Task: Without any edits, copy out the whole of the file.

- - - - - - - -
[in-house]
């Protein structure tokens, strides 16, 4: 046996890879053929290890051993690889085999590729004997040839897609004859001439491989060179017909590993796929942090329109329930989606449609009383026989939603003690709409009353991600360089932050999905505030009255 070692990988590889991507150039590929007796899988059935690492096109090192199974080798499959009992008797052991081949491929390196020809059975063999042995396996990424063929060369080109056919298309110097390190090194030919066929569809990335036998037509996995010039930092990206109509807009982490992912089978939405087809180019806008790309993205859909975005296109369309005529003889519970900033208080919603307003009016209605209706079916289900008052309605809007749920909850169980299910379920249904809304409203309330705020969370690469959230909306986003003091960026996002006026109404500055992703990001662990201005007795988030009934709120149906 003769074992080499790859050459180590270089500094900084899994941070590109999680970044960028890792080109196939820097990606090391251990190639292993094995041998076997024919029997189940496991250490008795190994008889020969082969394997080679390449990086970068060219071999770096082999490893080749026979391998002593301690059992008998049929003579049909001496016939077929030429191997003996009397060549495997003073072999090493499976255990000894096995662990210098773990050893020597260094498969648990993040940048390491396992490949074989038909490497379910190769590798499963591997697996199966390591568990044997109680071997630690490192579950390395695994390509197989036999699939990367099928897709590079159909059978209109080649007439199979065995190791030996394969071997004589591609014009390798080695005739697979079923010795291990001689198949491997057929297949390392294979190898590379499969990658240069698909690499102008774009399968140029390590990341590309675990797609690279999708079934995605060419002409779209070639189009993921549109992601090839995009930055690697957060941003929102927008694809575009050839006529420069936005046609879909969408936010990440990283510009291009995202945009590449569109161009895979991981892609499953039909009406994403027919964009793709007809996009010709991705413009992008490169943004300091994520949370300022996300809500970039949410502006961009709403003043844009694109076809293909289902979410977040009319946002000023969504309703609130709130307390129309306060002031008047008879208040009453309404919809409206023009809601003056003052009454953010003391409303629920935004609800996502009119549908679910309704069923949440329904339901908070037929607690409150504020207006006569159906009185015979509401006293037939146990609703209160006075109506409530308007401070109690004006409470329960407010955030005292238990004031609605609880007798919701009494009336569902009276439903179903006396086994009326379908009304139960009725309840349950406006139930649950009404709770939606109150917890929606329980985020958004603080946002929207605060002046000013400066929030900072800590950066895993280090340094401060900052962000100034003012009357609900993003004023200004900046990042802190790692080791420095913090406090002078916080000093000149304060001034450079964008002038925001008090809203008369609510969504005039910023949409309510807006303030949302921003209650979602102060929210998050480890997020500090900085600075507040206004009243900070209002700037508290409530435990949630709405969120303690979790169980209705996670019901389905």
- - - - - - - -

[in-house]
């Protein structure tokens, strides 16, 4: 046996890879053929290890051993690889085999590729004997040839897609004859001439491989060179017909590993796929942090329109329930989606449609009383026989939603003690709409009353991600360089932050999905505030009255 070692990988590889991507150039590929007796899988059935690492096109090192199974080798499959009992008797052991081949491929390196020809059975063999042995396996990424063929060369080109056919298309110097390190090194030919066929569809990335036998037509996995010039930092990206109509807009982490992912089978939405087809180019806008790309993205859909975005296109369309005529003889519970900033208080919603307003009016209605209706079916289900008052309605809007749920909850169980299910379920249904809304409203309330705020969370690469959230909306986003003091960026996002006026109404500055992703990001662990201005007795988030009934709120149906 003769074992080499790859050459180590270089500094900084899994941070590109999680970044960028890792080109196939820097990606090391251990190639292993094995041998076997024919029997189940496991250490008795190994008889020969082969394997080679390449990086970068060219071999770096082999490893080749026979391998002593301690059992008998049929003579049909001496016939077929030429191997003996009397060549495997003073072999090493499976255990000894096995662990210098773990050893020597260094498969648990993040940048390491396992490949074989038909490497379910190769590798499963591997697996199966390591568990044997109680071997630690490192579950390395695994390509197989036999699939990367099928897709590079159909059978209109080649007439199979065995190791030996394969071997004589591609014009390798080695005739697979079923010795291990001689198949491997057929297949390392294979190898590379499969990658240069698909690499102008774009399968140029390590990341590309675990797609690279999708079934995605060419002409779209070639189009993921549109992601090839995009930055690697957060941003929102927008694809575009050839006529420069936005046609879909969408936010990440990283510009291009995202945009590449569109161009895979991981892609499953039909009406994403027919964009793709007809996009010709991705413009992008490169943004300091994520949370300022996300809500970039949410502006961009709403003043844009694109076809293909289902979410977040009319946002000023969504309703609130709130307390129309306060002031008047008879208040009453309404919809409206023009809601003056003052009454953010003391409303629920935004609800996502009119549908679910309704069923949440329904339901908070037929607690409150504020207006006569159906009185015979509401006293037939146990609703209160006075109506409530308007401070109690004006409470329960407010955030005292238990004031609605609880007798919701009494009336569902009276439903179903006396086994009326379908009304139960009725309840349950406006139930649950009404709770939606109150917890929606329980985020958004603080946002929207605060002046000013400066929030900072800590950066895993280090340094401060900052962000100034003012009357609900993003004023200004900046990042802190790692080791420095913090406090002078916080000093000149304060001034450079964008002038925001008090809203008369609510969504005039910023949409309510807006303030949302921003209650979602102060929210998050480890997020500090900085600075507040206004009243900070209002700037508290409530435990949630709405969120303690979790169980209705996670019901389905």